Cricket: Atherton begins to feel the heat: England stumped by mood swinging from cheery to fretful as bowlers give cause for concern before today's one-day international

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AN overseas cricket tour is as much a test of the officers as the men, and as England take the field for the third of five one-day internationals today, the peaceful, laid-back atmosphere of this small Caribbean island is not entirely in keeping with a collective mood that has changed from cheery to fretful in little more than a week.

The most outwardly phlegmatic of the three men in charge at the moment is the tour manager, MJK Smith, which is scarcely surprising in that he is the one with the least involvement in the cricket itself, and that Smith in any event is from the same school of deadpan sang- froid as another Smith better known by his initials, the TCCB's chief executive AC.

While AC is as well known for what he does not say as what he does (most famous example: 'No comment, but don't quote me. . .'), MJK can almost make him sound like a dangerous blabbermouth by comparison. 'Law 42? What's that then?' he said when asked for his views on Courtney Walsh's intimidatory bowling to Devon Malcolm in the Test, and the late Brian Johnston was fond of recalling that when MJK captained the MCC team to Australia in 1965, the most controversial public utterance he ever made to a press inquiry was: 'The boys are all well.'

Smith would, of course, be hard pressed to come up with that comment at the moment, as the boys are far from well. Malcolm is back in England - although after yesterday's successful keyhole surgery in Manchester to remove 'loose fragments' in his right knee, he may rejoin the team in 10 days or so - and Andrew Caddick has a shin problem that is more of a handicap to his bowling than those in charge here are letting on.

Angus Fraser is a long way from being the bowler who used to hit the pitch hard, and with metronomic accuracy, and Chris Lewis remains a complete enigma even to his team-mates. Lewis's penchant for turning it on when he feels like it (which is not very often) has not made him the most popular of tourists, and his complex character is unlikely to take a favourable upturn at the loss of his one close companion in the side, Malcolm.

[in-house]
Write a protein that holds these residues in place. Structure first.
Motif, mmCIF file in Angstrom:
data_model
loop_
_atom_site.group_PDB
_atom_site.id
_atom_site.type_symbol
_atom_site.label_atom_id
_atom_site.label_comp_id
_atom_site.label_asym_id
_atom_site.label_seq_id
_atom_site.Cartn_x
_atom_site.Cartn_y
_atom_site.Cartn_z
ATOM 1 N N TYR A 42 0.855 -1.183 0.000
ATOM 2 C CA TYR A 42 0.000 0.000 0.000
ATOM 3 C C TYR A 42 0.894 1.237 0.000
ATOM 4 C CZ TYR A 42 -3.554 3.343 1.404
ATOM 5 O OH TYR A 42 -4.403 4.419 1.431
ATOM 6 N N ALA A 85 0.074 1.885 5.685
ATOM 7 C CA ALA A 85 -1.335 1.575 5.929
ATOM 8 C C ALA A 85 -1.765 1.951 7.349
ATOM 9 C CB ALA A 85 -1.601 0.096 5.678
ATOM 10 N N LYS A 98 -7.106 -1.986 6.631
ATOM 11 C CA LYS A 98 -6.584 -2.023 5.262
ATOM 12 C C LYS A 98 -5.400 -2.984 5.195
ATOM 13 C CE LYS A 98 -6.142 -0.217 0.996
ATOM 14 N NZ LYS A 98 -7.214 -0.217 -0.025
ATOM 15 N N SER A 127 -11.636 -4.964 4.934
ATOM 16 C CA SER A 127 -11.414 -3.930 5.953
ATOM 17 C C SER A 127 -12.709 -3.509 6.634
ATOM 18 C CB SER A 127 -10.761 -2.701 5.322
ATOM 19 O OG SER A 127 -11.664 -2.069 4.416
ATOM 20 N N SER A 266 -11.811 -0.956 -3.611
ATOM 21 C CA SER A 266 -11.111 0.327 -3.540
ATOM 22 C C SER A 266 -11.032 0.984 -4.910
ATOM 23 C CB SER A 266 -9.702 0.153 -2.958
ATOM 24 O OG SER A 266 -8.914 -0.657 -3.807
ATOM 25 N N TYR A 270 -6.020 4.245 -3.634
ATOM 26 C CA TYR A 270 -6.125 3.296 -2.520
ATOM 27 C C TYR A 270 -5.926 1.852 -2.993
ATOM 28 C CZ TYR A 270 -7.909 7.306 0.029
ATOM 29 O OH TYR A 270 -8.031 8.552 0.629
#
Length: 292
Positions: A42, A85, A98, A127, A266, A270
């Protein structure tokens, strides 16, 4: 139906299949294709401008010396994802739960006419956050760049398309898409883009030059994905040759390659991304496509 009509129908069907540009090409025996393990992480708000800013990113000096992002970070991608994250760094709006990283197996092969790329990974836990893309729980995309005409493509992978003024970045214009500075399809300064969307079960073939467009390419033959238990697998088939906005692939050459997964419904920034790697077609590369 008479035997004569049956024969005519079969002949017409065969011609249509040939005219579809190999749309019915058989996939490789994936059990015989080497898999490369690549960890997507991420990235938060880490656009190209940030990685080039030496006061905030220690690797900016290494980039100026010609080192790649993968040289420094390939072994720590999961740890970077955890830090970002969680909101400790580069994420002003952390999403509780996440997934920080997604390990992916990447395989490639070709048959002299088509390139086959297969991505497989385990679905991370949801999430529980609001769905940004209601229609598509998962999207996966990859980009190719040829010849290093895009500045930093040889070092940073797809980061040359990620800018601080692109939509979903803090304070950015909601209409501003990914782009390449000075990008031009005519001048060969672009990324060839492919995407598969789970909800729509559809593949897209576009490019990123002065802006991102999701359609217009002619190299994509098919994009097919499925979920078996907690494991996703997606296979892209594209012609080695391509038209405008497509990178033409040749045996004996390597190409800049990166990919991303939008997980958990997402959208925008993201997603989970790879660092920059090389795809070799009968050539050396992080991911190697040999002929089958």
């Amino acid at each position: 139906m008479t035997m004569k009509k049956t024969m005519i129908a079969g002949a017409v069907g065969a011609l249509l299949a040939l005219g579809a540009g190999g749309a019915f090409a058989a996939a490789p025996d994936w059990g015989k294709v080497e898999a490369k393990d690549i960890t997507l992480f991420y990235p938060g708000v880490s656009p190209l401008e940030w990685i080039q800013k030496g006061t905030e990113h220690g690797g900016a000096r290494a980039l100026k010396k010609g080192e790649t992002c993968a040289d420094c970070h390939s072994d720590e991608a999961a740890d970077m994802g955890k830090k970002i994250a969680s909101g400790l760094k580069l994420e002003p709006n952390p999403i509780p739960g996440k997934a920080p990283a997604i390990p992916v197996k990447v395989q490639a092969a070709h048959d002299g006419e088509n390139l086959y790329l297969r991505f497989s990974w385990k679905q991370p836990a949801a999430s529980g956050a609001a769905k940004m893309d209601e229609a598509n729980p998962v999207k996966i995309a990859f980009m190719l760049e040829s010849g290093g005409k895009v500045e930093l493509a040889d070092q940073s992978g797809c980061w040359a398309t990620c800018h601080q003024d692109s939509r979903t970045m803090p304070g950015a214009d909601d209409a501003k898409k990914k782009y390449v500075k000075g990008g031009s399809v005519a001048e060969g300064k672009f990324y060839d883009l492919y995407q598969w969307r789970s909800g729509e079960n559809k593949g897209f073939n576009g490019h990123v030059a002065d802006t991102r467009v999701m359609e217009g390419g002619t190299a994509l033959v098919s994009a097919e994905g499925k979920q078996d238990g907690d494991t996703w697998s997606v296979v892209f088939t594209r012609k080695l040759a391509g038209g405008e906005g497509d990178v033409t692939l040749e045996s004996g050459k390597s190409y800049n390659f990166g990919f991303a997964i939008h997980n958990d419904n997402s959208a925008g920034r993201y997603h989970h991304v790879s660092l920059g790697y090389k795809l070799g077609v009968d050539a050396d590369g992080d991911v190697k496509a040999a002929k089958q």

Neither is the team manager, Keith Fletcher, his normal unflappable self as the pressure (more from within himself than the TCCB) mounts on him to preside over better results. In five overseas Test matches, Fletcher has a 100 per cent record of failure, and as the man most closely connected to Essex's pre-eminence in county cricket since the late 1970s, he is simply not used to losing.

During the second one-day international in Jamaica, and particularly when England's attack was being carved up in the closing stages, Fletcher - who normally sits on the balcony in a manner that suggests he is expecting a waiter to arrive with a dry martini - was up and down like a hotel lift, and was in much the same agitated state as a soccer manager in a dug-out after his defence has just scored three own-goals in five minutes.

There are also signs, and it would be surprising if there were not, that even the outwardly imperturbable captain, Mike Atherton, is beginning to feel the heat. As he has already spoken (with some feeling) about not taking kindly to people who do not perform to their ability, Atherton may be harbouring some uncomplimentary thoughts about Lewis, and while Malcolm was never going to be a key component in the one-day internationals, his absence certainly deprives Atherton of a proven wicket-taker.

Atherton is thinking of taking the dust covers off Ian Salisbury, who is named in the 12 for today's third one- day international at Arnos Vale. If the Sussex leg-spinner plays it will be his first outing for more than three weeks. The left-arm spinner, Phil Tufnell, has not posed many problems during the two one-day internationals in Barbados and Jamaica, so it could be Salisbury's turn to show what he can do.

While Atherton can do little about bowlers who cannot land the ball in a consistent spot, his field placings while Adams was whipping the ball through the on side during the last one-dayer were a little puzzling, and although the captain batted heroically while Walsh was threatening to decapitate him during the Test, there were signs of a twitchy reaction to that going over during the one-day game in Jamaica.

Atherton has the inner fortitude and strength of character to stay on top of the job, but, as he is currently finding, no tour provides a sterner examination of leadership than three months in the Caribbean. At the moment England have a sticking plaster over the slow puncture but, in terms of morale, victory today is far more important than is usually the case in a one-day international.

ENGLAND (from): Atherton (capt), Stewart (wkt), Smith, Hick, Maynard, Hussain, Lewis, Salisbury, Watkin, Igglesden, Fraser, Tufnell.

WEST INDIES (from): Haynes, Lara, Simmons, Richardson (capt), Arthurton, Adams (wkt), Harper, Cummins, W Benjamin, K Benjamin, Walsh, Ambrose, Holder.

TCCB acts on boozers, page 38

(Photograph omitted)